What Became Different

Bottling age

When you compare single malt bottlings from decades ago with modern ones you will notice that generally in the past malts used to be bottled much younger than today. You will note many old bottlings with an age statement of 5 or 8 years. Today, apart from some special releases for Italy you will hardly find any orignal bottling with an age statement of less than 10 years.

Perhaps it’s just because the whisky produced with earlier standards did not need so much time to mature. For example I tasted an old 8yo Glen Garioch and a 5yo Glenesk that were perfectly drinkable and certainly not bottled too young.

Cask Finishes

This is a fairly modern trend – pioneered by Glenmorangie – that openeed a new dimension for single malt bottlings. It added a lot of varitey – which is a good thing – but it also resulted in some very strange experimental bottlings that are not everyone’s cup of tea to put it mildly.


This was just a short list of examples. I am sure that there are a lot more. But I think it became clear that the picture is not just black and white. And in many cases you will find components of all three categories acting together.

But even it the answer to the orignal question is not really satisfying, one thing is certain: The whisky universe will continue to be in constant change, and this is what makes it so damn interesting.

{ 6 comments… read them below or add one }

Roel September 8, 2010 at 11:46 am

Hi Oliver,

A great post once more. I am glad to be part of your community. Did I already tell you that I very much like the new ‘outfit’?



Oliver Klimek September 8, 2010 at 11:57 am

Glad you like it. You didn’t tell me yet, but of course your compliments are warmly welcomed 😉


Atanas October 18, 2013 at 3:53 pm

Hi Oliver,
It happened that just today I read this post. What I found interesting is that just over three years since you posted it some things are already different. In the “What became different” section you mention that some 50 years ago there were many young expressions of whisky being release as opposed to 2010 when the standard had become 10yo and above. Fast forward to 2013 and we have an abundance of young expressions – aged (indies) and NAS (OBs). Seems that this becomes the standard these days.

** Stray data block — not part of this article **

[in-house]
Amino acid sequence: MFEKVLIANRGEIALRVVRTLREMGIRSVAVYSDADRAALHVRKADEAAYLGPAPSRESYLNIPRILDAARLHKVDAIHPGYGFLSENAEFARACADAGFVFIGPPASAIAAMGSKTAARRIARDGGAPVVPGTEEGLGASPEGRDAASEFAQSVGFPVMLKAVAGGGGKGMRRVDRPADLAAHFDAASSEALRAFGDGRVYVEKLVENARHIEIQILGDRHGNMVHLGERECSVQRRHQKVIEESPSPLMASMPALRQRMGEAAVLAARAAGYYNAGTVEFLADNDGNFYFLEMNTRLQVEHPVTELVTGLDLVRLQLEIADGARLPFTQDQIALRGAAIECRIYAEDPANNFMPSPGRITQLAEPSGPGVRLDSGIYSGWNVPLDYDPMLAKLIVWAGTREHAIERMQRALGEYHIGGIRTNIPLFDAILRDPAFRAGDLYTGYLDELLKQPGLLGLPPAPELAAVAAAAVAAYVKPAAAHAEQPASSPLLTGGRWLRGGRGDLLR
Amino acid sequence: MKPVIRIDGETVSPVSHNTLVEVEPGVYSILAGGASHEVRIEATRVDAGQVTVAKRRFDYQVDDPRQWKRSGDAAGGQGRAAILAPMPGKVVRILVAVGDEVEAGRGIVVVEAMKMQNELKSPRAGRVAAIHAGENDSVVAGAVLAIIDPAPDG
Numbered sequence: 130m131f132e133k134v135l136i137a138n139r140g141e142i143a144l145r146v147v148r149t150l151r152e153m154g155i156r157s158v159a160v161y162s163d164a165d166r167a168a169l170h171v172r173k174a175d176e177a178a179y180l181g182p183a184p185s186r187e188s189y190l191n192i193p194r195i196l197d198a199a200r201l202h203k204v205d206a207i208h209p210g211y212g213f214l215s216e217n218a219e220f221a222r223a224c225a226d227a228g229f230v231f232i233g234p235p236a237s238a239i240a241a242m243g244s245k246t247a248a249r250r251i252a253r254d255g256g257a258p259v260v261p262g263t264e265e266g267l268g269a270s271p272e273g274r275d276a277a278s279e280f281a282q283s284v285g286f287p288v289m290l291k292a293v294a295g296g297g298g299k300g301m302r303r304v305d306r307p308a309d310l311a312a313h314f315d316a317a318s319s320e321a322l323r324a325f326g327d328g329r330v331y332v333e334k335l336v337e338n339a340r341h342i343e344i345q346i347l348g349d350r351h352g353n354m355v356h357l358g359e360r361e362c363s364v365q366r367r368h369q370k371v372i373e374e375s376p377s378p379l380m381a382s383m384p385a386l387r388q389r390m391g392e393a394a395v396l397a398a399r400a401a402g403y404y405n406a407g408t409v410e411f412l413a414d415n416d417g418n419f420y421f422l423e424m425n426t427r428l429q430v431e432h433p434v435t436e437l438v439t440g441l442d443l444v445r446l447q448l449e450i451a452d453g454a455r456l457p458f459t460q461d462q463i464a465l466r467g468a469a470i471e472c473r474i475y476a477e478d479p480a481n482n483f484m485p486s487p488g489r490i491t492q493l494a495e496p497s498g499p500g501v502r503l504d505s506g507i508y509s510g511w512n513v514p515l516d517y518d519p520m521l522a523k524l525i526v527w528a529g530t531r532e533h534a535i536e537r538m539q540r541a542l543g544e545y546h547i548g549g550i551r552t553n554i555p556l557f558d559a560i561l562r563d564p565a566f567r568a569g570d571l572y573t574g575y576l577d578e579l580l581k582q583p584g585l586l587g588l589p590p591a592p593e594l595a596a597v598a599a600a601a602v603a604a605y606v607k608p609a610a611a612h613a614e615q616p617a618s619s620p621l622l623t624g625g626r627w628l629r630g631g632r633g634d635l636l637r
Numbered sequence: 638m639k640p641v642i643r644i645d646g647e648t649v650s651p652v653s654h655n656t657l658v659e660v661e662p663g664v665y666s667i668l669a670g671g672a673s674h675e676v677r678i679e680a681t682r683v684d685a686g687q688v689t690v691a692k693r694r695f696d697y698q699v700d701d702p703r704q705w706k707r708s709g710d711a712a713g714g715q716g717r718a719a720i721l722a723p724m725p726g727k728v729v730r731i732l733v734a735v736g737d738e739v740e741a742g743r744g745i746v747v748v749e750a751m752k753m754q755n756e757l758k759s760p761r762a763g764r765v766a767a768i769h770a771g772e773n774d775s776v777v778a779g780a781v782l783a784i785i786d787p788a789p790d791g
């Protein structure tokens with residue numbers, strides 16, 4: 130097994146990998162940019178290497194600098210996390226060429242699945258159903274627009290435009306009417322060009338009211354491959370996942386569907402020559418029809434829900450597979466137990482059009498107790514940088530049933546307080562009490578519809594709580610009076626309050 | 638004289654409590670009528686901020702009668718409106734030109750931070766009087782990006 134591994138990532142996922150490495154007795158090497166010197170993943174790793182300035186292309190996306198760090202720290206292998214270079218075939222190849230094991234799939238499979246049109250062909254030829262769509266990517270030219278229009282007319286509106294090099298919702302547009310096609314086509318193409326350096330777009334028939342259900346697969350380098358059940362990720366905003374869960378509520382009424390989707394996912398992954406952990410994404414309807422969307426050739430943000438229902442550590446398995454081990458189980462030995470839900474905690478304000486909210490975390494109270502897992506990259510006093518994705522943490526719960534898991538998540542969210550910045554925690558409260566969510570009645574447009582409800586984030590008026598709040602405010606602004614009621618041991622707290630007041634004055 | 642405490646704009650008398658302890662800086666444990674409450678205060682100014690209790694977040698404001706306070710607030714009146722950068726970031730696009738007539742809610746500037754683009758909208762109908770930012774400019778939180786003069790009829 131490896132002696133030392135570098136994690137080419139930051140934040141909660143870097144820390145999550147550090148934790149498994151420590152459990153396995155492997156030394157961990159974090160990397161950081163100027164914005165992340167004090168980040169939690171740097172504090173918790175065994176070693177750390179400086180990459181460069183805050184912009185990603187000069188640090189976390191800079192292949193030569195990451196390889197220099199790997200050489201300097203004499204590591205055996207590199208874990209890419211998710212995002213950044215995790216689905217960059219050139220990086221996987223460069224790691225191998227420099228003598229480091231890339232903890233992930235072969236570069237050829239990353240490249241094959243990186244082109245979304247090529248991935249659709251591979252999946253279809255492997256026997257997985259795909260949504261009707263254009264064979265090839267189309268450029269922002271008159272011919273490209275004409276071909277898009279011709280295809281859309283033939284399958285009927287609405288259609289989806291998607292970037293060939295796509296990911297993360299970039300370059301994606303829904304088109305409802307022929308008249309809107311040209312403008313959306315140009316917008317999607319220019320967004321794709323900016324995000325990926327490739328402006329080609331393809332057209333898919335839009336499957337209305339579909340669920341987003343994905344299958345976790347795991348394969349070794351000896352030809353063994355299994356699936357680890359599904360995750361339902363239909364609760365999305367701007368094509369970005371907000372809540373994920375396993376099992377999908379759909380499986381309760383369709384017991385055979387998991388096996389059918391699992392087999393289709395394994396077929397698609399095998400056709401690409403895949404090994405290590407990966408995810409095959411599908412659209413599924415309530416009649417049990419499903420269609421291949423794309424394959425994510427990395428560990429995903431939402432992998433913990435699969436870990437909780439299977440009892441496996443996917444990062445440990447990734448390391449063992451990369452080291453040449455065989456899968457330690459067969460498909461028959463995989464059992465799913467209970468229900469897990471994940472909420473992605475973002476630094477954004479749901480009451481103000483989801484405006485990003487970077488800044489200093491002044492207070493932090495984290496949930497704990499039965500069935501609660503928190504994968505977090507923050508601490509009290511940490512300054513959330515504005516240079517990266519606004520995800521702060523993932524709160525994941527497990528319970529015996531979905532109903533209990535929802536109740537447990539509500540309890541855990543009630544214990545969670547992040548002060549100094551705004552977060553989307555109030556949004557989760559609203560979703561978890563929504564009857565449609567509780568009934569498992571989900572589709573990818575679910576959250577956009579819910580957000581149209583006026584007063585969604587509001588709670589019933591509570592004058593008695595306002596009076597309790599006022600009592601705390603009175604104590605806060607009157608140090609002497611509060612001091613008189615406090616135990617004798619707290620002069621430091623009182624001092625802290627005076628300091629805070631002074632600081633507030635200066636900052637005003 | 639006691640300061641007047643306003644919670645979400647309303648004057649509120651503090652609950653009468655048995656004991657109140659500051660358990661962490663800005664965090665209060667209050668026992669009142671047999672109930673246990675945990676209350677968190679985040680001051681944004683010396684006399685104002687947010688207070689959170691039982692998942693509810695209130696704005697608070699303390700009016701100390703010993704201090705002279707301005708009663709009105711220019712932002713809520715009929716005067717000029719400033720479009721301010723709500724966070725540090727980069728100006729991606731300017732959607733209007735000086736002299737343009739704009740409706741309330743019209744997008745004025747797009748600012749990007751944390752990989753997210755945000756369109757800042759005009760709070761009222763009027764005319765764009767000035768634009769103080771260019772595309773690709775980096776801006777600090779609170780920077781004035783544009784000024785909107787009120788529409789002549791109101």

On the other hand though, despite of the unquestionable fact that some 50 years ago there were indeed release of <10yo, this is not to say that this was the standard nor the best option in those days either. I have been reading whisky books from the 30s, 50s and 60s lately and most authors concur about the notion that scotch single malt whisky should be best kept at least for 10 years before it is bottles. Not just that but also they agree that many whiskies were released way too early on the market.



Patrick Leclezio October 19, 2013 at 10:50 pm

I’d suggest that changes in wood management – especially concerning sherry casks – would be a major influence. When the industry started to season its own casks (over reduced periods) this must have impacted on the quality of the casks – an 18-24 month seasoning surely can’t compare to the heavy impregnation of a Solera rotation. Also, the profit pressures are probably driving continuous reconditioning of casks in instances where in the past they may have been replaced. We’re constantly hearing how sherry casks cost 50x more than bourbon casks so the temptation to push an extra reconditioning must be intense.


Oliver Klimek October 19, 2013 at 11:04 pm

Cask management definitely has changed, not only with sherry casks. But back in the days essentially all sherry casks were transport casks and not from a solera. Solera casks are practically dead as far as the wood is concerned because they are used for many decades. Sherry-wise, today’s custom-seasoned sherry casks may actually be an improvement over transport casks because the sherry is in contact with the wood longer. But I don’t know how the wood itself compares. I don’t know where you have the factor 50 from. A bourbon cask is about £100, that would be 5 grand for an empty sherry cask. To my knowledge a sherry cask is £700 to 800 (not sure if hogshead or butt)


Patrick Leclezio October 20, 2013 at 10:11 pm

Sorry, sloppy on my part, mistranscribed notes. I actually had $92 to EUR 600 (based on a George Espey interview – HP website), so 9x at today’s rates; +/- in-line with your figures. The point stands though, if not as compellingly.

I just had a look at Dave Broom’s e-pistle on sherry casks prompted by your reply – very interesting. It’s inspired me to explore the subject further. I’ve drunk whiskies claimed to be exclusively matured in solera casks they’ve been magnificently flavoursome – not at all evidencing dead wood. Perhaps exceptions to the rule. Regardless I’ll have to concede based on what I’ve just read that solera cask whiskies are (and were) obviously in the minority, and so probably not a factor in this analysis.